The ALS Ice Bucket Challenge became viral on social media around July and August of 2014. The ALS Ice Bucket Challenge was prominent on all popular forms of social media including Facebook, Twitter, and Instagram. The ALS Ice Bucket Challenge asks for a nominated individual to record themselves dumping a bucket full of ice water on their head or if they refuse they have to make a donation towards ALS research. Once an individual completes the challenge, they are to nominate three individuals to complete the ALS Ice Bucket Challenge in the next twenty-four hours. The goal of the social media campaign was to promote awareness of the fatal disease and to increase donations towards ALS in order to find a cure for the disease.
The social media campaign was a huge success, as more than 17 million people uploaded videos to Facebook. The videos were viewed more than 10 billion times by 440 million people. Because of the success of the ALS Ice Bucket Challenge it is now an annual event that takes place every August until a cure for the disease is discovered. The highlight of the campaign was the awareness generated about the disease worldwide and as of August 2015, $220 million was raised from the challenge and helped advance the research of ALS immensely. According to the ALS Association the money raised from the ALS Ice Bucket Challenge has been spent on research, patient and community services, public & professional education, fundraising, and external processing fees.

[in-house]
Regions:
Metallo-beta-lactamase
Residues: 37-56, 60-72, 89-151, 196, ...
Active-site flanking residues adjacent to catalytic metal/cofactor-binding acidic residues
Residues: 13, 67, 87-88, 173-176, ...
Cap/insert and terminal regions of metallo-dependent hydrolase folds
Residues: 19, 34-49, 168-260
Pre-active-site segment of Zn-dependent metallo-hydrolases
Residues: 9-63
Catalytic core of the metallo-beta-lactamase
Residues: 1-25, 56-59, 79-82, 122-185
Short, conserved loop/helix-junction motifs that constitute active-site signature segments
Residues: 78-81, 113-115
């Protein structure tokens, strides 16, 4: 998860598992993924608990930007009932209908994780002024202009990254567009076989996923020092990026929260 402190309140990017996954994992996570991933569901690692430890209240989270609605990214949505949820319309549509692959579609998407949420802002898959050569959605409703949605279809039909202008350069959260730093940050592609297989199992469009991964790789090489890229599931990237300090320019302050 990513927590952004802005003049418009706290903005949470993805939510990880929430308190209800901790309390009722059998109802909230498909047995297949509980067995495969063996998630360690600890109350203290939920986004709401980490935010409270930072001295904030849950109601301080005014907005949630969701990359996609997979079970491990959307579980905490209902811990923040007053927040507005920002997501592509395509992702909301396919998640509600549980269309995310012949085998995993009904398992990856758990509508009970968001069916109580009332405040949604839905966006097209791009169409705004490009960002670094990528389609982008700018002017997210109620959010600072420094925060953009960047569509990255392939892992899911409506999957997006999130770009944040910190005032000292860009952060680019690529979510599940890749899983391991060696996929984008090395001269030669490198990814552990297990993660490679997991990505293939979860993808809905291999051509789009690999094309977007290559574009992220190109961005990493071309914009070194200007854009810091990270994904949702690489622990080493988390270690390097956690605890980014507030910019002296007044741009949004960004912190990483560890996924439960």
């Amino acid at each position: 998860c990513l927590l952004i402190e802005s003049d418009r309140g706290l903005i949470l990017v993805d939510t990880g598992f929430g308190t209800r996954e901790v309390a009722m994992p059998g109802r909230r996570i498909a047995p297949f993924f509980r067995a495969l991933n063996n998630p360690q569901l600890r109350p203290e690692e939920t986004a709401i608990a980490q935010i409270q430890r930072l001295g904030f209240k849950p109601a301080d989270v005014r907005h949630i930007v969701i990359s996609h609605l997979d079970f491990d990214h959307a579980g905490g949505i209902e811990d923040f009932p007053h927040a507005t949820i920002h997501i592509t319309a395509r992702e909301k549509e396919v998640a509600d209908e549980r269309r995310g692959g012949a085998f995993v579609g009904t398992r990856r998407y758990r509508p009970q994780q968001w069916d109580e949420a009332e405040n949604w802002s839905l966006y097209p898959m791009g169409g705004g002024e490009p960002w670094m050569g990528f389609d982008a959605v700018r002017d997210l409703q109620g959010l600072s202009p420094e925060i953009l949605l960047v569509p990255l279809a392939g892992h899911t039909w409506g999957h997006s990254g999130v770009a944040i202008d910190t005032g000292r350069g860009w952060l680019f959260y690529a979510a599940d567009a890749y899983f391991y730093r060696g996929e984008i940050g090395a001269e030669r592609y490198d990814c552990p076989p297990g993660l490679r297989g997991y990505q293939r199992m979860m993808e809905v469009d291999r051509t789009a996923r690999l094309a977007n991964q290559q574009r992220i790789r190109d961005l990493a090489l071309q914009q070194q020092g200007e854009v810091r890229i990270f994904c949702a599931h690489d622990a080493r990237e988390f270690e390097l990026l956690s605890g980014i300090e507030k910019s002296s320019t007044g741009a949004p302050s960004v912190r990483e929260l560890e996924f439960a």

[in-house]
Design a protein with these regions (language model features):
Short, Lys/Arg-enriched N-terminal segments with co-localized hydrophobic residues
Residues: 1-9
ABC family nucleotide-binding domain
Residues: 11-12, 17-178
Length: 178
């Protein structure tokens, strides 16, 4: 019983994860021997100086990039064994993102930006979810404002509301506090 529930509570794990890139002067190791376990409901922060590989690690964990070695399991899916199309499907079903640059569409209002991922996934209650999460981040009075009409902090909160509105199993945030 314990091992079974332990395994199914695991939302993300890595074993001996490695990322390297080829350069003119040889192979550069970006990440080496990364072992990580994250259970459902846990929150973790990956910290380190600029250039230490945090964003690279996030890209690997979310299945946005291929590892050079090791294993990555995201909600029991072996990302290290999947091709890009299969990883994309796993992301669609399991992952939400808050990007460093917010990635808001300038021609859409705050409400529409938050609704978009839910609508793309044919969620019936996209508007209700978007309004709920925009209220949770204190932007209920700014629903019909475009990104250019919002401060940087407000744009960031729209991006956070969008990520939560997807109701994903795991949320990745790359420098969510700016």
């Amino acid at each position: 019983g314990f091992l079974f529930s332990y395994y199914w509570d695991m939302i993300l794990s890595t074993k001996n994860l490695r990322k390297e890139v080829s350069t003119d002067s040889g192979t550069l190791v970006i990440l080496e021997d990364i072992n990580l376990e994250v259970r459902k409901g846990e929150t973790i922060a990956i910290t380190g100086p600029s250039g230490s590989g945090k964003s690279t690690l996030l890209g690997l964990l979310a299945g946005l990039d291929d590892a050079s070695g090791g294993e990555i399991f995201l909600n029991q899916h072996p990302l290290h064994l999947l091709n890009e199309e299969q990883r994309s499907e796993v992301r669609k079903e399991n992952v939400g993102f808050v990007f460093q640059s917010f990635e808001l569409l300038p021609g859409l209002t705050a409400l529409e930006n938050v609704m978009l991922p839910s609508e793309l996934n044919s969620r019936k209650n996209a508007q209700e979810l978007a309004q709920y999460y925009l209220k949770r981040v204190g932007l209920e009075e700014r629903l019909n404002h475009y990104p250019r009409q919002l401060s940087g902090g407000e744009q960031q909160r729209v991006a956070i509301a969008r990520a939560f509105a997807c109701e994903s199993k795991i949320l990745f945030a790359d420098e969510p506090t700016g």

The target audience for the ALS Ice Bucket Challenge received the campaign in an accepting manner and individuals genuinely had fun participating in the challenge and nominating their loved ones and friends to do the same. Although the social media campaign was a success there are a few things I would change about the campaign. I would recommend encouraging individuals to participate and donate to ALS instead of one or the other. Although $220 million is a substantial amount of money, potentially more money could have been raised if individuals participated and donated. Also I would recommend educating the public on the ALS disease. Many individuals were taking the ALS Ice Bucket Challenge but had no idea what ALS stood for or what it meant if an individual had the disease. I believe the campaign can be strengthened by educating the public on the symptoms, effects, and causes of the ALS disease.
ALS Ice Bucket Challenge – FAQ. (n.d.). Retrieved January 22, 2016, from http://www.alsa.org/about-us/ice-bucket-challenge-faq.html?referrer=https://www.google.com/
Alfaro, L. (2015). Your $220 million to the ALS ice bucket challenge made a difference, study results show. Retrieved January 22, 2016, from http://www.businessinsider.com/your-220-million-to-the-als-bucket-challenge-made-a-difference-2015-8